Timmer was not deterred by the destructive winds that reached 400 kph; he took out his camera and began clicking away as the storm raged around him, mesmerized by its beauty and chaos. At one point he took cover under a bridge, but continued shooting photos the whole time. When the tornado began moving in a different direction, he came out from his shelter and followed it.

“What I did then is a perfect example of how not to behave during a storm,” Timmer warns today. “I was a complete ignoramus as far as safety. Standing under a bridge during a tornado is one of the most dangerous things you can do.”

That was Timmer’s rite of passage.

Since then, he has gone professional. Together with a group of scientists and weather aficionados like him — they go out each spring, during tornado season to the Great Plains, which weather nuts call Tornado Alley — and wait for a storm. This area of the Midwest, the intersecting point for the warm Gulf winds and the cool, dry wind from the east-flowing jet stream, sees about 90 percent of all tornadoes reported annually in the US.

Many storms will remain categorized as mere “thunderstorms” and will never reach tornado strength. In general, storm chasers usually have to chase five to ten storms before they “catch” a real tornado. While they move hundreds of kilometers from place to place, based on the status of the shifting winds, many days can pass without encountering a single tornado. But sometimes, if they get lucky and the conditions are ripe, a storm chaser might even spot a dozen storms in one day.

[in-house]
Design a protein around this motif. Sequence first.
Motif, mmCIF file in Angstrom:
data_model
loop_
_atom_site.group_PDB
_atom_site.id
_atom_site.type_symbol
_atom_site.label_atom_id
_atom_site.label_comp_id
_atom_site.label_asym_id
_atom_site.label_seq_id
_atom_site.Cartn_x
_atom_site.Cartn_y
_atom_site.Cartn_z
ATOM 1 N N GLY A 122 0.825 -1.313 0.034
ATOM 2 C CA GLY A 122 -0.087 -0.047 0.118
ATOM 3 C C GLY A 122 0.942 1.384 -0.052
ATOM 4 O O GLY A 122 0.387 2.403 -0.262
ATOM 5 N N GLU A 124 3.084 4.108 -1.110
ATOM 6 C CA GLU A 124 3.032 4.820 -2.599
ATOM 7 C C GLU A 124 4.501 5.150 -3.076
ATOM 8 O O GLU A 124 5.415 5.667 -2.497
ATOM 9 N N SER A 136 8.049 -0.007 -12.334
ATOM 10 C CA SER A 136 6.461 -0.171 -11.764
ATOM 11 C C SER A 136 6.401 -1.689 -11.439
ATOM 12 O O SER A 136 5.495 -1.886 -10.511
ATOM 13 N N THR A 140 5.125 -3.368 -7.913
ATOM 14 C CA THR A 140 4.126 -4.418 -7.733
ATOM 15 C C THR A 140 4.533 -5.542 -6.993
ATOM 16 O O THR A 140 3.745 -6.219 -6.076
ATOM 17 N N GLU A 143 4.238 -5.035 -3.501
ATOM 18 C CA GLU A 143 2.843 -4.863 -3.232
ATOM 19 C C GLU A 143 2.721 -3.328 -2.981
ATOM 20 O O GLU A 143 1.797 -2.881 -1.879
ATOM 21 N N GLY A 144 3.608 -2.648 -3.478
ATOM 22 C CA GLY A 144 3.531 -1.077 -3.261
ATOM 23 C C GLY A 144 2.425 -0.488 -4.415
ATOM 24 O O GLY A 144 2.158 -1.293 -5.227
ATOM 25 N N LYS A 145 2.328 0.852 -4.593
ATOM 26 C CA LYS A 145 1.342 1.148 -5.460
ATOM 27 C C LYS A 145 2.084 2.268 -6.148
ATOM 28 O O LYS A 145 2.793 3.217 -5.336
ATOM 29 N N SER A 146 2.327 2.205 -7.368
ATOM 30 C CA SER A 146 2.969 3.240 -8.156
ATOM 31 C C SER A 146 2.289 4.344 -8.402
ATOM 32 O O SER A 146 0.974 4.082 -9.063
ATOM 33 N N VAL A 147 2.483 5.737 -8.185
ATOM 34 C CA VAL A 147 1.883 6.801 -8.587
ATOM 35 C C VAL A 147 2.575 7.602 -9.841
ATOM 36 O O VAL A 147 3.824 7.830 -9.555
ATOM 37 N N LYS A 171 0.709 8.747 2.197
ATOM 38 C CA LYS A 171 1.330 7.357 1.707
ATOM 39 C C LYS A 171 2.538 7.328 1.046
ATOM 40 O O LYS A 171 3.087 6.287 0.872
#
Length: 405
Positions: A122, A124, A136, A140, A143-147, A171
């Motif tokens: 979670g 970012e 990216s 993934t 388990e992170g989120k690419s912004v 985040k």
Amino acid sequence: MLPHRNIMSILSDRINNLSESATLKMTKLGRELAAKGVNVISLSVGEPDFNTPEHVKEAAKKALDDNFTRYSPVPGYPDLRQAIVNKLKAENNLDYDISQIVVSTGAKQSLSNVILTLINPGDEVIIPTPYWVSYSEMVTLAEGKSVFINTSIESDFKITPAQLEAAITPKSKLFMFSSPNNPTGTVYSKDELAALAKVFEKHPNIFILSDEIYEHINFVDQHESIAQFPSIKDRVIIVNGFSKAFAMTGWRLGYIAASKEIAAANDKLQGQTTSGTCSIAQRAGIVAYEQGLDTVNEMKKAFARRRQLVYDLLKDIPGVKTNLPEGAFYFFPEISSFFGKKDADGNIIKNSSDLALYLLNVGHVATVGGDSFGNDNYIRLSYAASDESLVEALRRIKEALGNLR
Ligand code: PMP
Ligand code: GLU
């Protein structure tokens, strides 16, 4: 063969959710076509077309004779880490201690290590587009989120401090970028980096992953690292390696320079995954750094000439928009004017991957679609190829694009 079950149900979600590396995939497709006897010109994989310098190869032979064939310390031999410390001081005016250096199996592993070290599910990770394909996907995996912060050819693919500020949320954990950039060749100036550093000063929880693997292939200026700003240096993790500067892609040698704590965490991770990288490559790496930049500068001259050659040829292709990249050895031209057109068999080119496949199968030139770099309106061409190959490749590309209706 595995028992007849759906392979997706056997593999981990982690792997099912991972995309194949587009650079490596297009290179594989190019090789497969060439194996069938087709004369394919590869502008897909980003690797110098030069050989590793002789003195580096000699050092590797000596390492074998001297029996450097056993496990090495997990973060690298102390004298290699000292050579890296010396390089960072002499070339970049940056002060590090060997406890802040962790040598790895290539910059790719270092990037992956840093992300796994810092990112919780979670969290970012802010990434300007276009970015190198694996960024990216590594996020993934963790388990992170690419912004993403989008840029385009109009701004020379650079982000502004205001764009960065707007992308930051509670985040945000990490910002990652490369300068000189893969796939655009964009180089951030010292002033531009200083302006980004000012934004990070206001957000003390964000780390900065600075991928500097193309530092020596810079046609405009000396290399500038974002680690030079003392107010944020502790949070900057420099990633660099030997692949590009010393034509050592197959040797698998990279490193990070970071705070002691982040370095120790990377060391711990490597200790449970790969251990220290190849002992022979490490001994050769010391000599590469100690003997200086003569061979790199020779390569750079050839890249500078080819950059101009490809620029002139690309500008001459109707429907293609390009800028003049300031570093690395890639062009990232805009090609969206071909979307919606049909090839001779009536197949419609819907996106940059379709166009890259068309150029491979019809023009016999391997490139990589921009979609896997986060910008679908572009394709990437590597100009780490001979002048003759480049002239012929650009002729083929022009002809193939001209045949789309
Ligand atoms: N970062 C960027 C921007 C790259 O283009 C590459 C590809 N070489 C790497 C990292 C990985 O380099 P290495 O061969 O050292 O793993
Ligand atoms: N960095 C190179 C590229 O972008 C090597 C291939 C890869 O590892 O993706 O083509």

When the chase is over, a new task begins: laying the tracking equipment so that it can track the storm from the inside. On the one hand, a storm is racing toward them at a speed of between one and several hundred kilometers per hour, and they have to flee in order not to get trapped and injured. On the other hand, they want to remain as close as they can to the storm so that their equipment will register the information. 

They photograph the storm, thrilled at the feeling that they are witnessing the beautiful and destructive power of nature, but their senses are on alert. They identify the distance at which the storm is located, calculate its expected progress and speed, and prepare accordingly. A moment before they have to run, they put down the “probe” which contains their information station and quickly flee the area.

“Tornado chasing taxes your intellect and puts you at one with incredible, spectacular forces of nature,” Timmer reports in his bestselling Into the Storm. “Chasing is also a fix for any adrenaline junkie… But an obsession with stalking tornadoes can kill or maim you, too, and even if chasing doesn’t leave you with physical scars or a need for crutches, it’s hard to escape unscathed. You’ll witness death and destruction of property that sickens your stomach and saddens your heart.”